This is a blog dedicated to a personal interpretation of political news of the day. I attempt to be as knowledgeable as possible before commenting and committing my thoughts to a day's communication.

Wednesday, September 09, 2015

That Transformative Urgency

"I was born here and will die here. This is the wrong time for immigrants. There are no jobs for them. Our government just gives them money."
Rune Nilsson, 74, retiree, Astorp, Sweden

"Until now, I like Sweden. The people are lovely and kind, but we understand they are afraid of us because of all the blood that has been shed in Syria."
"We hope to one day get the chance to explain to them that this is not Islam. We are human beings, too, and we also love peace."
Yassir Mohammad, 35, Syrian school teacher, refugee, Astorp, Sweden

"We are not racist. Racists hate people because of the colour of their skin. We do not hate anybody."
"[...This was] not because they are immigrants. It is because the flow is so big into Sweden. We want to lower the intake to about ten thousand a year so that we can make them part of Swedish society."
"I am very proud that we are tolerant [but] you can be very tolerant of other cultures without having them here."
"In the depth of my heart I hope this won't become an Islamic country."
Eddie Ek, Swedish Democratic party member, Astorp municipal councillor

"What they do at home, they want to do in Swedish society and they want Swedish society to accept that. It is [the Swedes'] country and their culture, and I think that people who come to this society have to acclimatize, not the other way around."
"They will become stronger and stronger [Sweden's anti-immigrant political parties] if something is not done about this situation."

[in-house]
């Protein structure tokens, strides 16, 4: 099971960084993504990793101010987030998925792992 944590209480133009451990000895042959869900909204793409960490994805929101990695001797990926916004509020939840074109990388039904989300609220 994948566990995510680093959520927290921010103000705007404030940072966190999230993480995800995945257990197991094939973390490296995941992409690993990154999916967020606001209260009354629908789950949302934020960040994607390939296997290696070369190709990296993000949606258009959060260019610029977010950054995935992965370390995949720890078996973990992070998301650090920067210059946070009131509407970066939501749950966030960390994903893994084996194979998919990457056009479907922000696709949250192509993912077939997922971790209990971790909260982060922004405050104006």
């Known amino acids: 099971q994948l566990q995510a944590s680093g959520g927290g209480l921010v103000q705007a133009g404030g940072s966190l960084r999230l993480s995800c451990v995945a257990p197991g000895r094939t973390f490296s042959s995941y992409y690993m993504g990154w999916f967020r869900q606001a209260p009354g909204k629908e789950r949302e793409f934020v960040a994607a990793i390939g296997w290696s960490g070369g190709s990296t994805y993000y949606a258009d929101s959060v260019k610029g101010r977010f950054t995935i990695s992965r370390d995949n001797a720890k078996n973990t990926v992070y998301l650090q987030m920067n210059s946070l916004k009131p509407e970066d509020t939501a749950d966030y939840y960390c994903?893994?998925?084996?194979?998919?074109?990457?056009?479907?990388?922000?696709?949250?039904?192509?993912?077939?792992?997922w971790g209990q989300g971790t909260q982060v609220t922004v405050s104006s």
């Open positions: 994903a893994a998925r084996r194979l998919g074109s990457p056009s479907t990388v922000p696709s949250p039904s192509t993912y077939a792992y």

Azad Jonczyk, Polish-Iraqi, chief of integration for refugees, Astorp
A woman of Middle-Eastern descent wearing a black headscarf and robes carries a small child through an outdoor customs gate
(Photo: Bulent Kilic)

The situation in a nutshell is that people who are indigenous to a country, who value its heritage, culture, laws and social contract have every right to expect that if they open their doors in a compassionate gesture to people in need, those people will respond with gratefulness and humility and do everything they can to integrate themselves into the welcoming society, and not instead, as has happened and will continue to happen, demand that the welcoming country change itself to accord with the newcomers' expectations.

A case in point is Rosengard, a suburb of Malmo, Sweden. Malmo is the country's third-largest city, located 80 kilometres from Astorp. And in Malmo fully eighty percent of residents there now speak Arabic. "I love it here because it feels like the Middle East", said a hijab-wearing Palestinian from Syria. "It's special. You know, people in the streets, the smell of spices." In countries all over Europe there are now Muslim-majority areas of major cities, where the residents are hostile to the indigenous culture and demand that Islamic law must prevail.

Sweden is now assailed by a cultural divide of deep consequence to its future. The Swedish character is quiet, and unperturbed about personal gender relationships, whereas Arabs are noticeably loud in their presence, emotional, but deeply conservative in their view of prevailing social issues. When refugees live in enclaves where everyone speaks the same language there is no impetus to learn the language of the country they now become a part of.

In Astorp, a farming town of fifteen thousand souls, one of every four residents is either a refugee or is seeking refugee status. Few of the refugees is employed. So far, in Sweden, the country has absorbed 85,000 refugees, mostly Syrians, in a country of nine million, proud of itself as a refuge for unfortunate people fleeing civil war. Their presence has increased the membership of the Swedish anti-immigrant party.

Mr. Jonczyk, who emigrated from Iraq thirty years earlier, clearly understands the source of polarization, the resentment that Swedes feel against the new arrivals whose numbers have burdened the country, and whose indigenous population struggles against the incidence of rising crime rates amidst fears of losing their country entirely as it becomes transformed from what is dear and familiar to them, to the appearance and values of a religion, a culture and a heritage completely foreign to Swedes.

Lisa Adelquist teaches children of 13 nationalities at an Astorp public school: "When I work with these children, I am very optimistic for their future and the future of Sweden. But when I think about the politics of this situation I become a little worried". As well she might.

Labels: , , ,


Post a Comment

<< Home

() Follow @rheytah Tweet